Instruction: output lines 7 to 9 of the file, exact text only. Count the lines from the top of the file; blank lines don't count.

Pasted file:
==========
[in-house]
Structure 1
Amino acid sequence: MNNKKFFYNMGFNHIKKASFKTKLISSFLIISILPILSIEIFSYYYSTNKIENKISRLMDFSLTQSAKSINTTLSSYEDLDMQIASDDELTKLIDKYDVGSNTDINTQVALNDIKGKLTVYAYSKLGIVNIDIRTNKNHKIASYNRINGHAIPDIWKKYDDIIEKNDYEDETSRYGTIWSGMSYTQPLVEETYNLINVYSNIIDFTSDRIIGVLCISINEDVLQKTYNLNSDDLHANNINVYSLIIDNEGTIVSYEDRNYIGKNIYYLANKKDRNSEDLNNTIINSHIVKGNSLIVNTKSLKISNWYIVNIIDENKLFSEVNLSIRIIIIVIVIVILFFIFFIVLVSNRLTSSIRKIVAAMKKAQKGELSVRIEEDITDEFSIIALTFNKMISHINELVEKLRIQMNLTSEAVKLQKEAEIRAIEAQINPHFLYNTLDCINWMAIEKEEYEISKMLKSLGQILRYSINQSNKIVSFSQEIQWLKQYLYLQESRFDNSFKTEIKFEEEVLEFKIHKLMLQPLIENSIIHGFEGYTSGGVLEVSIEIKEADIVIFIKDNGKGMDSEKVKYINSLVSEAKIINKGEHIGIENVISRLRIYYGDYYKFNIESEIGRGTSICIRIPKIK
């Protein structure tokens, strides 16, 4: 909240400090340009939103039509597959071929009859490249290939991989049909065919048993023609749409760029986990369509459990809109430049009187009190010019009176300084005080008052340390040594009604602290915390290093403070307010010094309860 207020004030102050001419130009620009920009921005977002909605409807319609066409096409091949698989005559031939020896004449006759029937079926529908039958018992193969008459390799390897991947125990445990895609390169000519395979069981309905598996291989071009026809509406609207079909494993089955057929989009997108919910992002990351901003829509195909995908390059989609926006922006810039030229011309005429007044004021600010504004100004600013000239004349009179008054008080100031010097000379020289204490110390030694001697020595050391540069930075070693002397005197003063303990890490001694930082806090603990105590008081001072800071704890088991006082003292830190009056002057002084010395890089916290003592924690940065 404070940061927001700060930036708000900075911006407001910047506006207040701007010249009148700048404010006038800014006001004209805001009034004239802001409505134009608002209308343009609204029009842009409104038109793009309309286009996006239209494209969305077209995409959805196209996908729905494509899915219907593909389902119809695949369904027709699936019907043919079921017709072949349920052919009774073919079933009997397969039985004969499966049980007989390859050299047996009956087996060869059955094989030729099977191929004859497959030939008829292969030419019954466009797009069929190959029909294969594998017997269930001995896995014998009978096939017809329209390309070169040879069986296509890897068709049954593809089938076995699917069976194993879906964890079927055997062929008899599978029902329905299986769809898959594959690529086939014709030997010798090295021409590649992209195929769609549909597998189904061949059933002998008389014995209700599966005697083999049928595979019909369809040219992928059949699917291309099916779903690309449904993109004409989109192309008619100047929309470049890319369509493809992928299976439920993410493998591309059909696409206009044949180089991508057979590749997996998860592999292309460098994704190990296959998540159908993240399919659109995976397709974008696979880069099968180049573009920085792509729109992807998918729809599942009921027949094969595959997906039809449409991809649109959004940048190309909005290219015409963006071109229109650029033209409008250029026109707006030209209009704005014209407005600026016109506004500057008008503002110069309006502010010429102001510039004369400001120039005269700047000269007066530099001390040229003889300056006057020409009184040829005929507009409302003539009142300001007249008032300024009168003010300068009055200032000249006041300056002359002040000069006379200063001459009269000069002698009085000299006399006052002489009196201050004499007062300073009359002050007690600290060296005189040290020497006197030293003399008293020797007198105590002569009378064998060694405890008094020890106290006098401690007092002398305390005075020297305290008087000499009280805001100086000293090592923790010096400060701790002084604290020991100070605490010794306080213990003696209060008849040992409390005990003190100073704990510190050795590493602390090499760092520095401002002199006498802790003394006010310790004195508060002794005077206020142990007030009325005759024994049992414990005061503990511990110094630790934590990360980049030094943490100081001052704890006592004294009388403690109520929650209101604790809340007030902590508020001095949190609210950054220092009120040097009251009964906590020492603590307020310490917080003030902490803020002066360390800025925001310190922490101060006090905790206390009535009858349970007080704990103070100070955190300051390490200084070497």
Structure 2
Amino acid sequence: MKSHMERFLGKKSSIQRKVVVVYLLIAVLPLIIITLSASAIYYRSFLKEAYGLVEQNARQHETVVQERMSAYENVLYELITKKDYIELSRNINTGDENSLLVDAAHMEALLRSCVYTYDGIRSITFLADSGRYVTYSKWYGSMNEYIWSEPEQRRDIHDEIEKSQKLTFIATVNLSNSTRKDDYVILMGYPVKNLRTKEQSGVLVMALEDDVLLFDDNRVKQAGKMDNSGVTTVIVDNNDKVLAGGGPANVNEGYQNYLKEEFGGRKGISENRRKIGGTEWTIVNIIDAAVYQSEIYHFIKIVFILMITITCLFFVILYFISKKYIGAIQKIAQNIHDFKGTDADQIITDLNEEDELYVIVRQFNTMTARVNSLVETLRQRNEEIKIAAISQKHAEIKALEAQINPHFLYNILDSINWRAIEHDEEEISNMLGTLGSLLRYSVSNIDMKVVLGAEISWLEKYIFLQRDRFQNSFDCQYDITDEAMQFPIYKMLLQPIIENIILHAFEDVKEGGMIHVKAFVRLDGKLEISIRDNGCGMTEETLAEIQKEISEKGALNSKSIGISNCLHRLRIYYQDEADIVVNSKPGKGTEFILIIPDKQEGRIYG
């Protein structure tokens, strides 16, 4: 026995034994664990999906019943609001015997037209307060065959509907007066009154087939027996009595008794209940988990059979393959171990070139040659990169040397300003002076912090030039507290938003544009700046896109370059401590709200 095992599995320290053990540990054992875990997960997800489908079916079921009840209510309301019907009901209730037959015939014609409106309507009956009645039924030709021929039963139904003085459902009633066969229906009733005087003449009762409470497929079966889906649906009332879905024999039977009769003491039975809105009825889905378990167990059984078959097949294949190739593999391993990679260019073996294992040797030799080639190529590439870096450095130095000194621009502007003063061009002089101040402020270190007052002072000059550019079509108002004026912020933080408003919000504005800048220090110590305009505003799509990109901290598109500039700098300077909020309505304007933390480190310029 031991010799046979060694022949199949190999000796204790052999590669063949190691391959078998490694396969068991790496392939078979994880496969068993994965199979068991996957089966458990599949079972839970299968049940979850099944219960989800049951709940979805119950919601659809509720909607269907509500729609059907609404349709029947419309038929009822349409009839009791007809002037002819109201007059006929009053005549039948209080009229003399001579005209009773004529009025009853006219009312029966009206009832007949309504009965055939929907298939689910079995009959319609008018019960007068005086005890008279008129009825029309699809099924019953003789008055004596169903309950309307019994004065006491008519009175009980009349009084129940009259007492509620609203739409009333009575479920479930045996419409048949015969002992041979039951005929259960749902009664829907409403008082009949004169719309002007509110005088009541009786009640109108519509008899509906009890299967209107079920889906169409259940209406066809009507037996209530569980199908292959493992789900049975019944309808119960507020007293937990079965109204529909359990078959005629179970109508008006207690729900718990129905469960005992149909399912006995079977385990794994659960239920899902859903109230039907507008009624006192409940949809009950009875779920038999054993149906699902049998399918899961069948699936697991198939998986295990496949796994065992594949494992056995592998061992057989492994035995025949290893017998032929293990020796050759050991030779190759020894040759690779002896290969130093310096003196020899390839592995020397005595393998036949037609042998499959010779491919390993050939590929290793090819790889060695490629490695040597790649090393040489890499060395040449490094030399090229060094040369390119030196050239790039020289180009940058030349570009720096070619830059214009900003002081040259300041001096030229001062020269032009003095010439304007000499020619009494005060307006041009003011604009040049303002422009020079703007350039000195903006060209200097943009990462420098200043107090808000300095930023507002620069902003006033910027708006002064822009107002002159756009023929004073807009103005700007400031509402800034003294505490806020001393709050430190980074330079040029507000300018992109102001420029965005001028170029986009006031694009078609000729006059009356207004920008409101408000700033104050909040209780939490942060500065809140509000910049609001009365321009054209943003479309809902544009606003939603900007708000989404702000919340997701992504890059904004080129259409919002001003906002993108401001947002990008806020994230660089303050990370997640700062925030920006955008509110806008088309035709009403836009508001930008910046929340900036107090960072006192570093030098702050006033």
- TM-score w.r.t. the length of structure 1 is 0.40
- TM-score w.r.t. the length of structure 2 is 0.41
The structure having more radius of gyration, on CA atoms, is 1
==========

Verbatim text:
């Protein structure tokens, strides 16, 4: 026995034994664990999906019943609001015997037209307060065959509907007066009154087939027996009595008794209940988990059979393959171990070139040659990169040397300003002076912090030039507290938003544009700046896109370059401590709200 095992599995320290053990540990054992875990997960997800489908079916079921009840209510309301019907009901209730037959015939014609409106309507009956009645039924030709021929039963139904003085459902009633066969229906009733005087003449009762409470497929079966889906649906009332879905024999039977009769003491039975809105009825889905378990167990059984078959097949294949190739593999391993990679260019073996294992040797030799080639190529590439870096450095130095000194621009502007003063061009002089101040402020270190007052002072000059550019079509108002004026912020933080408003919000504005800048220090110590305009505003799509990109901290598109500039700098300077909020309505304007933390480190310029 031991010799046979060694022949199949190999000796204790052999590669063949190691391959078998490694396969068991790496392939078979994880496969068993994965199979068991996957089966458990599949079972839970299968049940979850099944219960989800049951709940979805119950919601659809509720909607269907509500729609059907609404349709029947419309038929009822349409009839009791007809002037002819109201007059006929009053005549039948209080009229003399001579005209009773004529009025009853006219009312029966009206009832007949309504009965055939929907298939689910079995009959319609008018019960007068005086005890008279008129009825029309699809099924019953003789008055004596169903309950309307019994004065006491008519009175009980009349009084129940009259007492509620609203739409009333009575479920479930045996419409048949015969002992041979039951005929259960749902009664829907409403008082009949004169719309002007509110005088009541009786009640109108519509008899509906009890299967209107079920889906169409259940209406066809009507037996209530569980199908292959493992789900049975019944309808119960507020007293937990079965109204529909359990078959005629179970109508008006207690729900718990129905469960005992149909399912006995079977385990794994659960239920899902859903109230039907507008009624006192409940949809009950009875779920038999054993149906699902049998399918899961069948699936697991198939998986295990496949796994065992594949494992056995592998061992057989492994035995025949290893017998032929293990020796050759050991030779190759020894040759690779002896290969130093310096003196020899390839592995020397005595393998036949037609042998499959010779491919390993050939590929290793090819790889060695490629490695040597790649090393040489890499060395040449490094030399090229060094040369390119030196050239790039020289180009940058030349570009720096070619830059214009900003002081040259300041001096030229001062020269032009003095010439304007000499020619009494005060307006041009003011604009040049303002422009020079703007350039000195903006060209200097943009990462420098200043107090808000300095930023507002620069902003006033910027708006002064822009107002002159756009023929004073807009103005700007400031509402800034003294505490806020001393709050430190980074330079040029507000300018992109102001420029965005001028170029986009006031694009078609000729006059009356207004920008409101408000700033104050909040209780939490942060500065809140509000910049609001009365321009054209943003479309809902544009606003939603900007708000989404702000919340997701992504890059904004080129259409919002001003906002993108401001947002990008806020994230660089303050990370997640700062925030920006955008509110806008088309035709009403836009508001930008910046929340900036107090960072006192570093030098702050006033």
- TM-score w.r.t. the length of structure 1 is 0.40
- TM-score w.r.t. the length of structure 2 is 0.41